Nevertheless, we don’t feel compelled to chase assets today, preferring instead to build exposure in segments such as credit, where valuations are more dislocated from fundamentals than they are in stocks.
On a 12-month view, stocks probably will outperform bonds—indeed, after the strong returns in October, developed market equities are now marginally ahead of bonds in total return terms, Year-to-date.
But the notion that October’s price action can persist, unabated, into year-end is as implausible, in our view, as the US economy capitulating from unexciting expansion into outright recession.
We maintain a moderately pro-risk view over the medium term (12-18 months). We expect stocks to outperform bonds, credit to offer positive returns, and developed markets (DM) to lead emerging markets (EM). Longer-dated interest rates will probably rise but only slowly and modestly over this time horizon.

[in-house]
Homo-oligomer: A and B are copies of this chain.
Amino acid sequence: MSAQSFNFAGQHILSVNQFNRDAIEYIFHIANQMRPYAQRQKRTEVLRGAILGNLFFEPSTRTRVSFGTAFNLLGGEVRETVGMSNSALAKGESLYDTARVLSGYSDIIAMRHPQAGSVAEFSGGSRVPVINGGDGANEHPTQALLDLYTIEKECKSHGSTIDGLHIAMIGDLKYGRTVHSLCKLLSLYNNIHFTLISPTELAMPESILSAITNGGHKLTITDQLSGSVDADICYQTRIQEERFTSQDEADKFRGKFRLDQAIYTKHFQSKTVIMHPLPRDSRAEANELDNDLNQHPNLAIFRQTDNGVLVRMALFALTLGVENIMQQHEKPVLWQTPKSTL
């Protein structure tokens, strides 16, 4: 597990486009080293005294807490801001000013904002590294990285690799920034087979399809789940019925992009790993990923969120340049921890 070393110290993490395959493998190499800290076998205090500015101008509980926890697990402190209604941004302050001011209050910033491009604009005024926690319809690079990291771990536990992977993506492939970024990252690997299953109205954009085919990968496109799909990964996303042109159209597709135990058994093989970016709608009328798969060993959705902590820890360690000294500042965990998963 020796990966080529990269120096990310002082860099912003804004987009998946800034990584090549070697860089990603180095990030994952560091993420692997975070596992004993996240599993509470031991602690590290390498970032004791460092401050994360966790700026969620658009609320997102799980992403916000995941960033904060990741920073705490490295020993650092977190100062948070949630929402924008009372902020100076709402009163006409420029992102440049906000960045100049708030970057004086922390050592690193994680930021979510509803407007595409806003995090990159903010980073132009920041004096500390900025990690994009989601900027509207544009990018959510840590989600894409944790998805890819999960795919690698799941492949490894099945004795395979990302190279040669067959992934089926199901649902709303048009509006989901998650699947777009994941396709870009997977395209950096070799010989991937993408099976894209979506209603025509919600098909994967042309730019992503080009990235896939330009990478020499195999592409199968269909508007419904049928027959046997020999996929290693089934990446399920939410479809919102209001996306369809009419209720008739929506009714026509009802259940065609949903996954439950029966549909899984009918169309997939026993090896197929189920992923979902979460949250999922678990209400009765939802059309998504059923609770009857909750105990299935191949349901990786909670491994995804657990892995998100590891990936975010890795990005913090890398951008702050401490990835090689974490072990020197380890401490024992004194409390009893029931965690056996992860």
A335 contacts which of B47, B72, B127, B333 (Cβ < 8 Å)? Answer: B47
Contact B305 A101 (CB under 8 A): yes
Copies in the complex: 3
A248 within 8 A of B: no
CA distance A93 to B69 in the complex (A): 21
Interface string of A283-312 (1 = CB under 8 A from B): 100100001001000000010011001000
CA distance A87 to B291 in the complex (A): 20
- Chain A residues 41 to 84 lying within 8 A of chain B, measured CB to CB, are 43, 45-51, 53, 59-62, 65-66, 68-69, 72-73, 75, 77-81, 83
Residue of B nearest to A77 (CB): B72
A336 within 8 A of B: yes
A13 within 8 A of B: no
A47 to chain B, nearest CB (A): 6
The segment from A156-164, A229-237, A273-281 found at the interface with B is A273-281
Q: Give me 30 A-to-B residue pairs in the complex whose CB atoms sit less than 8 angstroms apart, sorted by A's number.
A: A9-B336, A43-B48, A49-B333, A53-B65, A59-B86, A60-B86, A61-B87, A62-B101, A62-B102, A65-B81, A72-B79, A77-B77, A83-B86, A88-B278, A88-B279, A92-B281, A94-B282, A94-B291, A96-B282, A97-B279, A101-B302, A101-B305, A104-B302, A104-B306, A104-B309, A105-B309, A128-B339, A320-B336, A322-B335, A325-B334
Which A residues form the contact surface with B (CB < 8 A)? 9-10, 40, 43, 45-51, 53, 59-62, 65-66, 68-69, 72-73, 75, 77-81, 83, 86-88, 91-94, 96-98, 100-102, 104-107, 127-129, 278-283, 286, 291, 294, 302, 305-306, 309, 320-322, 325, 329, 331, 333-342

Nevertheless, at this time our quantitative models, together with the greater level of uncertainty in the economy, lead us to take a somewhat de-risked position.
We have temporarily reduced our stock-bond position to neutral, and have chosen to add risk instead in US high yield. We maintain a preference for DM over EM, but in reduced size, and lean modestly to US and eurozone equities within DM.
We are also overweight Australian bonds and underweight Canadian bonds, in a framework that leaves us neutral duration at the portfolio level.
As markets stabilise, our medium term views will likely prevail once more, but for the time being we believe a degree of caution is the prudent course.